At Dublin Circuit Court (Court), Judge O’Connor has awarded a plaintiff €2,000 compensation for non-material damage arising from a breach of rights under the Data Protection Act 2018 (2018 Act).
The decision is significant as it is the first written judgment from the Irish courts under section 117 of the 2018 Act. It applies the decision in UI v Osterreichische Post C-300/21, (Osterreichische Post), in which the CJEU set the test for non-material damages under the GDPR (see our previous article here).
Under Article 82(1) GDPR and Section 117 of the 2018 Act, a person that suffers material or non-material damage because of an infringement of their data protection rights, can seek compensation from the controller of the data for damage suffered.
The plaintiff was employed as a supervisor at the defendant’s factory. He alleged that the use of CCTV footage by the defendant in a demonstration of work practice shown to other supervisors and managers, constituted unlawful processing of his personal data under the 2018 Act and the GDPR. The defendant accepted that the plaintiff was identifiable on the CCTV footage. The plaintiff learnt of the footage from his colleagues. For two weeks after the demonstration, the CCTV was stored on a communal computer, without password protection, although there was no evidence that authorised persons accessed the CCTV. The plaintiff claimed the use of the CCTV was an unlawful processing of his data and alleged that he suffered damage and distress, namely anxiety and embarrassment, because of subsequent remarks made by colleagues.
The plaintiff complained to the Data Protection Commissioner (DPC) but due to backlogs in the DPC office, the complaint was not assigned a complaint handler. The plaintiff did not wish to delay his case by awaiting the DPC outcome and initiated these proceedings before the Circuit Court.
Issues were raised about the defendant’s data protection policy governing the use of CCTV. The defendant had four different CCTV policies, available only in English at the relevant times, governing the use of CCTV. Only one of the policies expressly referred to using CCTV footage for training purposes.
The Court noted the inherent difficulty in private actions to enforce data protection rights is the calculation of non-material (or non-pecuniary) loss.
In the absence of clarity on pending CJEU preliminary references, the Oireachtas, and the Irish superior courts, and applying the Osterreichische Post test, Judge O’Connor cautiously set out the following list of factors relevant in ascertaining damages for non-material loss under the GDPR and 2018 Act:
- A “mere breach” or mere violation of the GDPR is not sufficient to warrant an award of compensation.
- No minimum threshold of seriousness is required for a claim for non-material damage. However, compensation for non-material damage does not cover “mere upset”.
- There must be a link between the infringement and the damages claimed.
- If the damage is non-material, it must be genuine, not speculative.
- Damages must be proved. Supporting evidence is strongly desirable.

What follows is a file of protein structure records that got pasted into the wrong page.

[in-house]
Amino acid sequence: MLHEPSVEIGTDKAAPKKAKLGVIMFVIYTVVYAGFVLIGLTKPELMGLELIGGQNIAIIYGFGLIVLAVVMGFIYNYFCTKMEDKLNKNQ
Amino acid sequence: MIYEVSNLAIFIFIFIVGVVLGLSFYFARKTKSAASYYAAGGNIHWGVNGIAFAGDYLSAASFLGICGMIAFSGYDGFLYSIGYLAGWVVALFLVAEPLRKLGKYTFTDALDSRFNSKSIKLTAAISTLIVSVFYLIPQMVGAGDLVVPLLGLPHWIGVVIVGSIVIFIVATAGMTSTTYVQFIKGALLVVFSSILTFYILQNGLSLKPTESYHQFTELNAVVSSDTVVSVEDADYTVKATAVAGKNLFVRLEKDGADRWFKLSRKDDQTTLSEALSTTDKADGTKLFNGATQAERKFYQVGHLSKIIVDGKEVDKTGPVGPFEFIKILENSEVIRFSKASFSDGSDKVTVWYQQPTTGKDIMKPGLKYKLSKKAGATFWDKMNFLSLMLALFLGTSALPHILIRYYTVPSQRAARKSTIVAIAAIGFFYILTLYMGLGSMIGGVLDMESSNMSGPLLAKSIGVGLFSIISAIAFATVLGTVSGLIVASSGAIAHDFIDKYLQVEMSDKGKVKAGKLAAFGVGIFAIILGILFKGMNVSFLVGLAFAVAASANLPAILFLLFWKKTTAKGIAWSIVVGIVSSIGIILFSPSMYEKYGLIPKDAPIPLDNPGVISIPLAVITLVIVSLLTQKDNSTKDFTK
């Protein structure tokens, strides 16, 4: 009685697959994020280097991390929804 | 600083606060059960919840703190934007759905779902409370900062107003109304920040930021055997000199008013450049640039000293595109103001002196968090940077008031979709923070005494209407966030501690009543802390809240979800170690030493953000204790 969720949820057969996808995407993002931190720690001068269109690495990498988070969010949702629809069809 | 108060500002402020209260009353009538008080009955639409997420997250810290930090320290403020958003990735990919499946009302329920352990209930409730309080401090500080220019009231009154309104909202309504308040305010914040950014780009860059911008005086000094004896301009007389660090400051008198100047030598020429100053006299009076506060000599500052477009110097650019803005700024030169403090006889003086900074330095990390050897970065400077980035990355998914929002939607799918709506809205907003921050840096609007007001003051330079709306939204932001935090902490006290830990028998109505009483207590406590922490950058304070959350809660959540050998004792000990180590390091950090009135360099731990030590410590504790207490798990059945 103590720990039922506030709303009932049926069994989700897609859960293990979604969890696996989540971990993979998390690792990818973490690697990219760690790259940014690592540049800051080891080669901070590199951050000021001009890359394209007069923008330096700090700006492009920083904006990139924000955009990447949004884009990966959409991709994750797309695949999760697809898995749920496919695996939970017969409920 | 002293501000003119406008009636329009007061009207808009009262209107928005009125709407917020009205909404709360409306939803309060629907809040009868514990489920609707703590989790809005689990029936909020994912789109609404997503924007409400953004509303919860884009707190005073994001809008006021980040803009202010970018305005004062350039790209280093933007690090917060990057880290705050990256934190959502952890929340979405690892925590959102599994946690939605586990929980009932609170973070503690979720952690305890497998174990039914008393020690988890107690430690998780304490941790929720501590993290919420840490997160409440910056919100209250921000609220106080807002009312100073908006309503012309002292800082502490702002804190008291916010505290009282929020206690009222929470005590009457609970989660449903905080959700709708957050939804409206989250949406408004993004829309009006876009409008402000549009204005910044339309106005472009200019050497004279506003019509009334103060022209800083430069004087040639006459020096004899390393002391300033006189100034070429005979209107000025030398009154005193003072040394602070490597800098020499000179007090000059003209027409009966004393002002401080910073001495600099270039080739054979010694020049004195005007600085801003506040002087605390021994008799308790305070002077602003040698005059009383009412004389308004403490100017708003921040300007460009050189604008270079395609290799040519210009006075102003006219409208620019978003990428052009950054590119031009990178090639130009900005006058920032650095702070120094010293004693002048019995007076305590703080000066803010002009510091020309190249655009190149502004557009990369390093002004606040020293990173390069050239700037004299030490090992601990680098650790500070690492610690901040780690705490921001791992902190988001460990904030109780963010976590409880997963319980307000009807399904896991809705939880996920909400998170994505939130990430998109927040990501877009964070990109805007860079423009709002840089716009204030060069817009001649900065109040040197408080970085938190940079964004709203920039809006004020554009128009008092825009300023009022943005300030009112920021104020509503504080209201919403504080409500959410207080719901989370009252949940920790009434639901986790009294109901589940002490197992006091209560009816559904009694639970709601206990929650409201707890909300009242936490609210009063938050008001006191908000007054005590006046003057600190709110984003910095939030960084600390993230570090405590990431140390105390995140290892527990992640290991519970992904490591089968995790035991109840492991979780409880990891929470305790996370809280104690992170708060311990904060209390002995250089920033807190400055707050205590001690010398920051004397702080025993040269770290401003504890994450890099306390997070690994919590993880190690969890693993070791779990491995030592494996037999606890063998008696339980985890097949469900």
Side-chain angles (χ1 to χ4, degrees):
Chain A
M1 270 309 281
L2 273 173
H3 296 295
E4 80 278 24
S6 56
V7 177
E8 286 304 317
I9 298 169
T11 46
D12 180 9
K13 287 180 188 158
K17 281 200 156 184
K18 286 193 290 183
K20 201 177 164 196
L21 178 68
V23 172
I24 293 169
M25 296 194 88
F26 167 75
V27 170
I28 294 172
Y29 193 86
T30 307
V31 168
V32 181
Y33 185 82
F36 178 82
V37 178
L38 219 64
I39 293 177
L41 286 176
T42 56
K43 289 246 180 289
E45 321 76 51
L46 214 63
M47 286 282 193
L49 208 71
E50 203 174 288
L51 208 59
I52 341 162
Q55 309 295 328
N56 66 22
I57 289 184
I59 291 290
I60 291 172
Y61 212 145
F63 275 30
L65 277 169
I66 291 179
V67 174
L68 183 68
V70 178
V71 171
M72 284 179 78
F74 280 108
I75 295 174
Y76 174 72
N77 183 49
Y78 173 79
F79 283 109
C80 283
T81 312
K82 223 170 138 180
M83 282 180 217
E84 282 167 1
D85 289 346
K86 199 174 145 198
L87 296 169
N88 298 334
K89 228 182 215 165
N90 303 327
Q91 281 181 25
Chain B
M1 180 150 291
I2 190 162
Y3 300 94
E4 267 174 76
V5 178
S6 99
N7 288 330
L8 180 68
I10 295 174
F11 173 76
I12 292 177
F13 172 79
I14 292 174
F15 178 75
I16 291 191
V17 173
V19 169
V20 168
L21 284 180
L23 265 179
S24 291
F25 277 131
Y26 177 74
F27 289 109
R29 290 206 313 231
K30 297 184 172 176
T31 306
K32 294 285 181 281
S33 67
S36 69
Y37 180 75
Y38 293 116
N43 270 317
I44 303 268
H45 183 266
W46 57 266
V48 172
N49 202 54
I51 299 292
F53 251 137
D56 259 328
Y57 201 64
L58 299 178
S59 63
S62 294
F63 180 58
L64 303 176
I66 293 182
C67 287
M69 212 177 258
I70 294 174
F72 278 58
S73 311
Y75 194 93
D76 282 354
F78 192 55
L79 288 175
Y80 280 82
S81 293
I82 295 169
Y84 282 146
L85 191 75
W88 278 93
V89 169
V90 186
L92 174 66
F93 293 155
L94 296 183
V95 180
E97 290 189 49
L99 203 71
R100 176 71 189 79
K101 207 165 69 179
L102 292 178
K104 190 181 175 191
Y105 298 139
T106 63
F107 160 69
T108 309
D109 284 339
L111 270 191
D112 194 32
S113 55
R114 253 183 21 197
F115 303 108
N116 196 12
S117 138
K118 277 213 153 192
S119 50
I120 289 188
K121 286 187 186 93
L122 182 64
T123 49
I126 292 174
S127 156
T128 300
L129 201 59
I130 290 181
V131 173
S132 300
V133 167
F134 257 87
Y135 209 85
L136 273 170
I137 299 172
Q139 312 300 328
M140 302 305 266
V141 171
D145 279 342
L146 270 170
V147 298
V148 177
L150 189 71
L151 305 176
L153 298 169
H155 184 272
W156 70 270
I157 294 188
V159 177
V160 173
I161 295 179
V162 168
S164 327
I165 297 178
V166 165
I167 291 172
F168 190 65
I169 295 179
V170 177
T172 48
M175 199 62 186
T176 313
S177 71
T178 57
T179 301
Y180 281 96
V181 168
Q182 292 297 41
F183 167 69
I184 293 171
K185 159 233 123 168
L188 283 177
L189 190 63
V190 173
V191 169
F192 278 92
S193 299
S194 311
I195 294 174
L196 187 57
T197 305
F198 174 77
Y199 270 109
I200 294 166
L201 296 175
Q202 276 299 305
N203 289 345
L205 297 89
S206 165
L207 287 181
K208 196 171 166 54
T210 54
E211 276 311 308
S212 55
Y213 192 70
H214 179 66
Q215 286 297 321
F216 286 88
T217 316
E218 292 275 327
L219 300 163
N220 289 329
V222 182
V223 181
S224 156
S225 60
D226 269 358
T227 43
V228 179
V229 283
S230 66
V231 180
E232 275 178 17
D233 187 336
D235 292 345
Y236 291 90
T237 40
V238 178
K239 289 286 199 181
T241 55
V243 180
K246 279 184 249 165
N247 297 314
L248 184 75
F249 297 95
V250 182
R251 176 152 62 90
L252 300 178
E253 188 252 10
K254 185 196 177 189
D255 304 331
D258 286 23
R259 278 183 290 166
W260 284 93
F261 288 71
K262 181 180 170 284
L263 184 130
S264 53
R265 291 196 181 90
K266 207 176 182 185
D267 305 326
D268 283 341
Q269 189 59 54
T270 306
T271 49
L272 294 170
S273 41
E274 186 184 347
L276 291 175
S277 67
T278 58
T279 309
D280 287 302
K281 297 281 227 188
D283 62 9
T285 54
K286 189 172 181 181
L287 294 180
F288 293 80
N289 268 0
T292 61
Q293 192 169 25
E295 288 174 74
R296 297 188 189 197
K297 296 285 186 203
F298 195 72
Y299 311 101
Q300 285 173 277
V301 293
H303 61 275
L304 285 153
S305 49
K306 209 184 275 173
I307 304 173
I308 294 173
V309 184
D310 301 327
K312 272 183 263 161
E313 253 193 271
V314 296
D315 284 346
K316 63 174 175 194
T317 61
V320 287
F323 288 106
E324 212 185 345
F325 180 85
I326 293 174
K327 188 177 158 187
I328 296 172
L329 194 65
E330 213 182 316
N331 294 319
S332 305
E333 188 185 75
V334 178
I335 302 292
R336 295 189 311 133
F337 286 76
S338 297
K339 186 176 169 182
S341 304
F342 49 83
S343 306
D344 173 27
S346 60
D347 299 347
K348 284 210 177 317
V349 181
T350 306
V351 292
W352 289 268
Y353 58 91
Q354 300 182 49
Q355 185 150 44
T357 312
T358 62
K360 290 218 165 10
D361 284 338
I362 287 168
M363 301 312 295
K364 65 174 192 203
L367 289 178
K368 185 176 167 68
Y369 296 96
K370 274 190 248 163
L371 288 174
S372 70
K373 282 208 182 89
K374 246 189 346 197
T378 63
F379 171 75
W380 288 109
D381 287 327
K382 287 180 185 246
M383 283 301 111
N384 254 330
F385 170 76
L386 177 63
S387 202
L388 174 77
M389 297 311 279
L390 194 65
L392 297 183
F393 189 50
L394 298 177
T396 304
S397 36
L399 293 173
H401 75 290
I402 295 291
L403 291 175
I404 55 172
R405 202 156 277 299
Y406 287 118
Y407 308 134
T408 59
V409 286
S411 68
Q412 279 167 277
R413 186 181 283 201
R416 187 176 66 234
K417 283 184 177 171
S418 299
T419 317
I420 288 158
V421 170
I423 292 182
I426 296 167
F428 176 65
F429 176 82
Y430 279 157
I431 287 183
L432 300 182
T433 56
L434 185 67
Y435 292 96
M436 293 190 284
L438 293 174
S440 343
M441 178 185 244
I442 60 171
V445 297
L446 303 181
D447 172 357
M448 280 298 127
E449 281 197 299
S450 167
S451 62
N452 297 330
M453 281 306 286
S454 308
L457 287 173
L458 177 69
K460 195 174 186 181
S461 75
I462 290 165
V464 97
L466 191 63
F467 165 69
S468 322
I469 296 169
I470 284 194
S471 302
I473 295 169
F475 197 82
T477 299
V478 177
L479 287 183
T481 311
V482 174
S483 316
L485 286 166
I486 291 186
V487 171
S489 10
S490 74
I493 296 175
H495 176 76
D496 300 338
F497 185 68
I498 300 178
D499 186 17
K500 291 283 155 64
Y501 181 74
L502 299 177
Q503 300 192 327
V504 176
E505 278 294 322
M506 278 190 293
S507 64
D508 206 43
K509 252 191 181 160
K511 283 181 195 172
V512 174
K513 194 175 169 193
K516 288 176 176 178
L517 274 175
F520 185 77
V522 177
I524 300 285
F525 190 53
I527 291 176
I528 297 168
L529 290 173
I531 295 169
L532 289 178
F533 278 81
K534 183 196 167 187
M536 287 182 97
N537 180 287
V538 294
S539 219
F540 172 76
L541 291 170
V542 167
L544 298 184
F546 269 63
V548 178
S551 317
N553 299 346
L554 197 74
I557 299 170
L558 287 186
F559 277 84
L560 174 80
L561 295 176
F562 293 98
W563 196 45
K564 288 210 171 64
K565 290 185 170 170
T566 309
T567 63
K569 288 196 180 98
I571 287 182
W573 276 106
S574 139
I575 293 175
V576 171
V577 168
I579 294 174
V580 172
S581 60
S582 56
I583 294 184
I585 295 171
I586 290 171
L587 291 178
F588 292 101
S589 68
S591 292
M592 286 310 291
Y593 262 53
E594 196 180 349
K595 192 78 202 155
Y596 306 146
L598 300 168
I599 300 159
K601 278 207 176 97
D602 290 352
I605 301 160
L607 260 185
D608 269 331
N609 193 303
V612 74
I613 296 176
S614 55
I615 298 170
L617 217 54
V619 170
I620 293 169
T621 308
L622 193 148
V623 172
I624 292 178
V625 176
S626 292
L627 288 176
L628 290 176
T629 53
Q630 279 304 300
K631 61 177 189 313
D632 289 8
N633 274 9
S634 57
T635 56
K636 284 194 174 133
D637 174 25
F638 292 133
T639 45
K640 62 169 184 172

- Data protection policies should be clear and transparent, and accessible by all parties affected.
- Employers should ensure privacy notices and CCTV policies are clear to employees. (See our article on the use of CCTV footage in disciplinary proceedings in McVann -v- Data Protection Commissioner  IECC 3 here).
- Where a personal data breach occurs, it may be necessary to ascertain what steps the relevant parties took to minimise the risk of harm from the breach.
- An apology, where appropriate, may be considered in the mitigation of damages. Delay in dealing with a data breach by either party is a relevant factor in assessing damages. A claim for legal costs may be affected by these factors.
- Even where non-material damage can be proved and is not trivial, damages will probably be modest.
The Court noted the lack of clarity in the defendant’s data protection policies and the lawfulness of the processing of the data for training purposes. It found that there was a breach of the plaintiff’s rights under the GDPR which resulted in non-material damage to the plaintiff.
Assessment of compensation
The plaintiff gave evidence of the effect of the personal data breach on him. In circumstances where the Court found him to be a truthful witness, the absence of a supporting medical report was not fatal to his claim.
In assessing compensation, the Court had regard to the factors in the Judicial Council Personal Injuries Guidelines 2021 in respect of the category of minor psychiatric damages as “instructive guidance”. Accordingly, compensation was assessed at €2,000.
Watch this space
There are preliminary references before the CJEU on the application of Article 82 of the GDPR, which should provide further clarity on the assessment of non-material damages in data protection claims. In the meantime, this judgment, for the first time in Ireland, offers long-awaited guidance in relation to compensation for non-material damages. Of note is Judge O’Connor’s remark that damages will most likely be modest in such claims. This coincides with the recent signing into law of the Courts and Civil Law (Miscellaneous Provisions) Act 2023, which amends the 2018 Act, giving the District Court jurisdiction to hear and determine data protection actions. Once commenced, it is likely that most data protection claims will proceed in the District Court, with lower legal costs for affected parties.
One final point of note from Judge O’Connor’s decision relates to his obiter comments about a preference for alternative dispute mechanisms to resolve personal data breach assessments. This would be welcome, although unlikely in the immediate future, given the expansion of the concurrent jurisdiction for data protection claims to the District Court.
Contributed by Gail Nohilly